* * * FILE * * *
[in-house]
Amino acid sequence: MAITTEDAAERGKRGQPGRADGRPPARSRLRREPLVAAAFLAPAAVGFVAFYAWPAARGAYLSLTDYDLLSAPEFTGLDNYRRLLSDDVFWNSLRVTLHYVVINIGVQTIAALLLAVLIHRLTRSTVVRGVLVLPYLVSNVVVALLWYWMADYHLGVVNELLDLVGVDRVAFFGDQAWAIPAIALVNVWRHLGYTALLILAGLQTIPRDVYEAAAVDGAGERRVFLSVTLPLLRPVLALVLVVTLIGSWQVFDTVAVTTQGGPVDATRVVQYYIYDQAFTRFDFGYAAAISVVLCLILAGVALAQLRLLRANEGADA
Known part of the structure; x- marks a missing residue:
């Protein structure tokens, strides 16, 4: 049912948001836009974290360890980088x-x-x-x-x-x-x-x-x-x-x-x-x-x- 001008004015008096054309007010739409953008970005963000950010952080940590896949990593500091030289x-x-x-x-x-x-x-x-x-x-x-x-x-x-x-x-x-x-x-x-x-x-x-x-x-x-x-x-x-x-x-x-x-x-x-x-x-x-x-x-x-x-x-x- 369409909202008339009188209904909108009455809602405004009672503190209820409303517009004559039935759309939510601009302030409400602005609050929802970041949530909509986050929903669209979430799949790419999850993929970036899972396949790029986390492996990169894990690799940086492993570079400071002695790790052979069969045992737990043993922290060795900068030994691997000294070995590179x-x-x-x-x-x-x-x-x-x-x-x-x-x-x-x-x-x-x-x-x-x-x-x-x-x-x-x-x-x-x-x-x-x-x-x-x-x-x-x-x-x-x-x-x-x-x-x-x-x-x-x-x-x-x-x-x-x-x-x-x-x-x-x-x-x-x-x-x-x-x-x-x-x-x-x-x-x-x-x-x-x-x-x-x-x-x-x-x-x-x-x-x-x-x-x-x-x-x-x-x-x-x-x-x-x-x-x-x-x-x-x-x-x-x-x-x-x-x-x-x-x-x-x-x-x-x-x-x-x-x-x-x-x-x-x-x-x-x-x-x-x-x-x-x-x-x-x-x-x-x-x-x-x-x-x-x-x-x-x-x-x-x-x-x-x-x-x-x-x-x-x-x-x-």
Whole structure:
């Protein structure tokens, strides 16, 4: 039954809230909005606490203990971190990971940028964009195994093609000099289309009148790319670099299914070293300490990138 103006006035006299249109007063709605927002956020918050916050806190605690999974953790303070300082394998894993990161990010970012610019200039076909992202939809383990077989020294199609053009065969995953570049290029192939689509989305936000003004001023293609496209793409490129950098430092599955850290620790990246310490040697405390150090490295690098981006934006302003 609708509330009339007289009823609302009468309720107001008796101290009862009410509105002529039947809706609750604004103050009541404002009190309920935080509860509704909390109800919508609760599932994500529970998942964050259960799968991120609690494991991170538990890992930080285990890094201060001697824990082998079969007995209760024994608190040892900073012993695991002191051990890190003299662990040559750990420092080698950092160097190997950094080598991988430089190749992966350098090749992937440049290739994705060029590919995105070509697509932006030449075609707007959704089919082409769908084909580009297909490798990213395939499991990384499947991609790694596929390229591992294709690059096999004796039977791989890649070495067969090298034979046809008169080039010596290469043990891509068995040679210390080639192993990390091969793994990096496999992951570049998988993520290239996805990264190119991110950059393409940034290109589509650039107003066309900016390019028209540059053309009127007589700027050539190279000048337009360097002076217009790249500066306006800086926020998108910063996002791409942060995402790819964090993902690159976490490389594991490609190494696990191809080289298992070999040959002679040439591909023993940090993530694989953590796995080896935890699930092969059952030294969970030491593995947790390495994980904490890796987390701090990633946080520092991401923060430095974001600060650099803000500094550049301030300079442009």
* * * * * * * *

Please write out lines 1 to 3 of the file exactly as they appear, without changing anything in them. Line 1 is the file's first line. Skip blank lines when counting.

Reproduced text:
[in-house]
Amino acid sequence: MAITTEDAAERGKRGQPGRADGRPPARSRLRREPLVAAAFLAPAAVGFVAFYAWPAARGAYLSLTDYDLLSAPEFTGLDNYRRLLSDDVFWNSLRVTLHYVVINIGVQTIAALLLAVLIHRLTRSTVVRGVLVLPYLVSNVVVALLWYWMADYHLGVVNELLDLVGVDRVAFFGDQAWAIPAIALVNVWRHLGYTALLILAGLQTIPRDVYEAAAVDGAGERRVFLSVTLPLLRPVLALVLVVTLIGSWQVFDTVAVTTQGGPVDATRVVQYYIYDQAFTRFDFGYAAAISVVLCLILAGVALAQLRLLRANEGADA
Known part of the structure; x- marks a missing residue: